Care for the Caregiver

With so many responsibilities, it can be challenging for caregivers to balance their caregiving role with work and other family obligations. According to AARP, most family caregivers say the most difficult part of taking care of their loved one is the demand on their time.
Stress can take a toll on your health. Caring for yourself is the most important thing you can do for your loved one. The healthier you are, the more effective you can be in your role as a caregiver.”

AARP has the following advice for caregivers:
• Check your feelings: The way you came into your role as a caregiver can affect your feelings about the experience.

• Maybe you have always felt close to your loved one, and you see your role as your opportunity to give back to your friend or relative. Or maybe the role of caregiver fell into your lap, and you feel resentment. It’s important to be in touch with your emotions.”

• Take a break: It’s important to attend to your own needs for exercise, sleep, and healthy eating. Taking this time will help you return to your caregiver role feeling revitalized. AARP suggests connecting with the Caring Bridge network or their own online caregiving community.

• Find support: Take comfort in the fact that you’re not alone. There are many people out there experiencing the same ups and downs as you. You can find services and support groups available in your community through Eldercare Locator.

• Look into respite care: Respite care options are available to support you in taking a needed break. Through in-home respite, healthcare aides provide companionship and nursing services in your home. Adult care centers and programs provide care for both adults and young children. Short-term nursing homes can accept patients in need of care for short stays while caregivers are away.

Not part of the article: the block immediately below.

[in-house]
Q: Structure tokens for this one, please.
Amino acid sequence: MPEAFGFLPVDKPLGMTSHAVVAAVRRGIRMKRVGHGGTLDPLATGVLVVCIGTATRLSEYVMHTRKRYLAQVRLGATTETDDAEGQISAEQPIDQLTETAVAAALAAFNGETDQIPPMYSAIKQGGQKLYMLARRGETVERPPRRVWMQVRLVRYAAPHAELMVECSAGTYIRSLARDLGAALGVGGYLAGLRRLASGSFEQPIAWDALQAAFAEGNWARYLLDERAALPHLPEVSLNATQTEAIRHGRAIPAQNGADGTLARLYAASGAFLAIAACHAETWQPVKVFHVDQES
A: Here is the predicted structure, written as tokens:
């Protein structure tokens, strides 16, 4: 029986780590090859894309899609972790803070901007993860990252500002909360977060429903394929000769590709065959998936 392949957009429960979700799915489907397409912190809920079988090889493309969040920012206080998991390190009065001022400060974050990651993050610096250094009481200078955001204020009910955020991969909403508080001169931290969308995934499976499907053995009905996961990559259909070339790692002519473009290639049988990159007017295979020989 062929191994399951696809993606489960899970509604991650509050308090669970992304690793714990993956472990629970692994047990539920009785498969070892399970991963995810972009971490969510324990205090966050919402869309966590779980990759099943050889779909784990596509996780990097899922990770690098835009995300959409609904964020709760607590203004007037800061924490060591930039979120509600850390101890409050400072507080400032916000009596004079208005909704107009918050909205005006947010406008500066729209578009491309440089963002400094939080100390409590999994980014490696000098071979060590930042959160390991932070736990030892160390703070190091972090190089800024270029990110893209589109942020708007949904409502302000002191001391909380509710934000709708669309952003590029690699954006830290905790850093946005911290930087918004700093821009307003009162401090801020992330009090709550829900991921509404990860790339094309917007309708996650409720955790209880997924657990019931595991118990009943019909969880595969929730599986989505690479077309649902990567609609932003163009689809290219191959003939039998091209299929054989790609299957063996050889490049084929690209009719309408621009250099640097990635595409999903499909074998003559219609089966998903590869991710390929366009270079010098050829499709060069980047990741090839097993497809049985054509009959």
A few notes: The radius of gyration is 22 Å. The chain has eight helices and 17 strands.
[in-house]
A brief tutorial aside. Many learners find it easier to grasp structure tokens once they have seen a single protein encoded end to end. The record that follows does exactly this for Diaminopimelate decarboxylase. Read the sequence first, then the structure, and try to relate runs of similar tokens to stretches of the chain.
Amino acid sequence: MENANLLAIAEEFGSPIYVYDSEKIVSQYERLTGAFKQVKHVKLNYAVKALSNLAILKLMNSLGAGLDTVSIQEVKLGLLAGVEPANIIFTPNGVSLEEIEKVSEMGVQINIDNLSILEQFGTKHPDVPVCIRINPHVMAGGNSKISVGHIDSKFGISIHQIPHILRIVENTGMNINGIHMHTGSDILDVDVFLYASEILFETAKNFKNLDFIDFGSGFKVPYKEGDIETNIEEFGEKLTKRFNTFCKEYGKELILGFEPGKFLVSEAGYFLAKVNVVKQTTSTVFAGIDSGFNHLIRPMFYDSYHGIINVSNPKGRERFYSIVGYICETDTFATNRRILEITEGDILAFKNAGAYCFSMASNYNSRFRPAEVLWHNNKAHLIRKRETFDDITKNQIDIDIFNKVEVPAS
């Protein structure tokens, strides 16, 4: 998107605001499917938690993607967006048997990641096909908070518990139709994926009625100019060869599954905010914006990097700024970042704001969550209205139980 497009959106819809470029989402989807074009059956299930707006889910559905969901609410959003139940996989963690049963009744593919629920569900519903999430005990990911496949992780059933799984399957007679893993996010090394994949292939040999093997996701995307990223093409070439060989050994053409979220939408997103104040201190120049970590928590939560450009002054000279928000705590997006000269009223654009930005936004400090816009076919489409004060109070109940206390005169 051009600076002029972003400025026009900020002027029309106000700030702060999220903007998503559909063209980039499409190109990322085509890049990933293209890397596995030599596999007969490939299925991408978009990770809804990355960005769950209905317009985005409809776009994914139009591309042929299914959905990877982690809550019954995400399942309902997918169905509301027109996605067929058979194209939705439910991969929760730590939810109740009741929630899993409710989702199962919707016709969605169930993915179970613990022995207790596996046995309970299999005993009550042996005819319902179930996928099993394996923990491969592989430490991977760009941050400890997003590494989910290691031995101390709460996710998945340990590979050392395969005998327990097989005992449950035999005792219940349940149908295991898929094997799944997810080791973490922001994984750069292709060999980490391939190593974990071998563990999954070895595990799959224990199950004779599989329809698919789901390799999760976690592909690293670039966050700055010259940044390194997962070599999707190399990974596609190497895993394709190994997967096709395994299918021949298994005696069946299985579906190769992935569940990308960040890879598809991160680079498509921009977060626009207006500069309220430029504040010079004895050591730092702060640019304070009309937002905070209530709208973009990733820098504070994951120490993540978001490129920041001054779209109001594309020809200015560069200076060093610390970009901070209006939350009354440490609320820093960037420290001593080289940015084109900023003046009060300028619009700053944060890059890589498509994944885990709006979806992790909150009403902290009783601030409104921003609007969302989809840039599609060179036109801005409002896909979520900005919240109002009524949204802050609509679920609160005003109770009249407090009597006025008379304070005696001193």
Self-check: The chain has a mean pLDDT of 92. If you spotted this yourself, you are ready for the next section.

Eldercare Locator is a nationwide service that connects seniors and their caregivers with local support resources.
When the going gets especially tough, it may be time to accept help from others. The Mayo Clinic recommends being prepared with a list of ways that others can help you, letting the individual choose what they would like to do.

Having social support and surrounding yourself with other caregivers who understand what you’re going through can provide validation, encouragement, and help you problem solve in difficult situations. You can also develop meaningful friendships through your shared experiences.

Finally, caregivers also need to keep up a regimen of regularly seeing their doctors. Make sure to mention any symptoms or concerns.

Sources:

AARP: “Prepare to Care: A Planning Guide for Families”

Eldercare: “Eldercare Locator”

The Mayo Clinic: “Caregiver Stress: Tips for Taking Care of Yourself”